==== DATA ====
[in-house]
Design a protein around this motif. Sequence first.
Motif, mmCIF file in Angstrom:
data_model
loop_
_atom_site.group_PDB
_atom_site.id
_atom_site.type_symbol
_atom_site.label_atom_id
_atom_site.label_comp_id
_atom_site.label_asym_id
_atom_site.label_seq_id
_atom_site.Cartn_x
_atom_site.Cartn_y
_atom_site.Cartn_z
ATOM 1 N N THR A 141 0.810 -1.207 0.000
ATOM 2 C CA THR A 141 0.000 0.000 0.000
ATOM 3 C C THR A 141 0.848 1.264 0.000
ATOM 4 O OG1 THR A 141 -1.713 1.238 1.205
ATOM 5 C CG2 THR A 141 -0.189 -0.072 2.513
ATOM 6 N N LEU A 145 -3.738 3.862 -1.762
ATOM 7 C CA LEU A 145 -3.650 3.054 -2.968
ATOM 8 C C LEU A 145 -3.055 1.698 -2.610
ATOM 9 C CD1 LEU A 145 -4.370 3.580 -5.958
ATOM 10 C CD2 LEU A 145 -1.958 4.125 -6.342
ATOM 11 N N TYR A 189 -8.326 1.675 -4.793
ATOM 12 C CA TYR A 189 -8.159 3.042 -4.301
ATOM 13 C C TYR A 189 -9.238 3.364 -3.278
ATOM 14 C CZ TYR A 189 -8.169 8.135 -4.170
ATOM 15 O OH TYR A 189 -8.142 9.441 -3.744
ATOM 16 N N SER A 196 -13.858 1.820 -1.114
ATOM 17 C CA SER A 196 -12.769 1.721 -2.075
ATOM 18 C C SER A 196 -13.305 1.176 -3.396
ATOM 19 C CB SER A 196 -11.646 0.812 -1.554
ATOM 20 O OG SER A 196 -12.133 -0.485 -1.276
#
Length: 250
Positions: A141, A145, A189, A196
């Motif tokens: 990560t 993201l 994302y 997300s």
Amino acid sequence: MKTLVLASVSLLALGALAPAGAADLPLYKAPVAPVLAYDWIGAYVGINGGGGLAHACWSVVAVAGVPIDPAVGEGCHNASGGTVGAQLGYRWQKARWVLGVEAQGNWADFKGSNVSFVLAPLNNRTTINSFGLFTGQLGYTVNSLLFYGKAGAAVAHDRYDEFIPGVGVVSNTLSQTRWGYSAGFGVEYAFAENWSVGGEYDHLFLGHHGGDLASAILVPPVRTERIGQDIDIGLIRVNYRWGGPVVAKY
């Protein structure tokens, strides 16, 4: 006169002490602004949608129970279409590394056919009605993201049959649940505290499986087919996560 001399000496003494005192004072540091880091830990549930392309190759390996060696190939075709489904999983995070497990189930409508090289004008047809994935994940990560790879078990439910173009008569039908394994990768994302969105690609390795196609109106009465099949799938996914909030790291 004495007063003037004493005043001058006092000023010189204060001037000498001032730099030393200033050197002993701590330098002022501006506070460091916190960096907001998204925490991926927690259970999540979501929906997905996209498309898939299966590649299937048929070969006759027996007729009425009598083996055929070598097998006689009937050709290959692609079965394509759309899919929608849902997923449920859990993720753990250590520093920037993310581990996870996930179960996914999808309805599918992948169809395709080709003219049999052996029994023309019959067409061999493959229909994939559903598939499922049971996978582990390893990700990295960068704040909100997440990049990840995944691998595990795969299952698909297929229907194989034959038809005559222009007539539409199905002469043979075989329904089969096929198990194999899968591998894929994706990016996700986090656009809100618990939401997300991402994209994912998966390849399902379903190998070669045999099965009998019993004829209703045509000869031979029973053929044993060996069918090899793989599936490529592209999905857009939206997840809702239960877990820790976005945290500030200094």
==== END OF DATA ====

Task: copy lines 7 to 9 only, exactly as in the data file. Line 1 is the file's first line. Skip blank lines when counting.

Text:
_atom_site.id
_atom_site.type_symbol
_atom_site.label_atom_id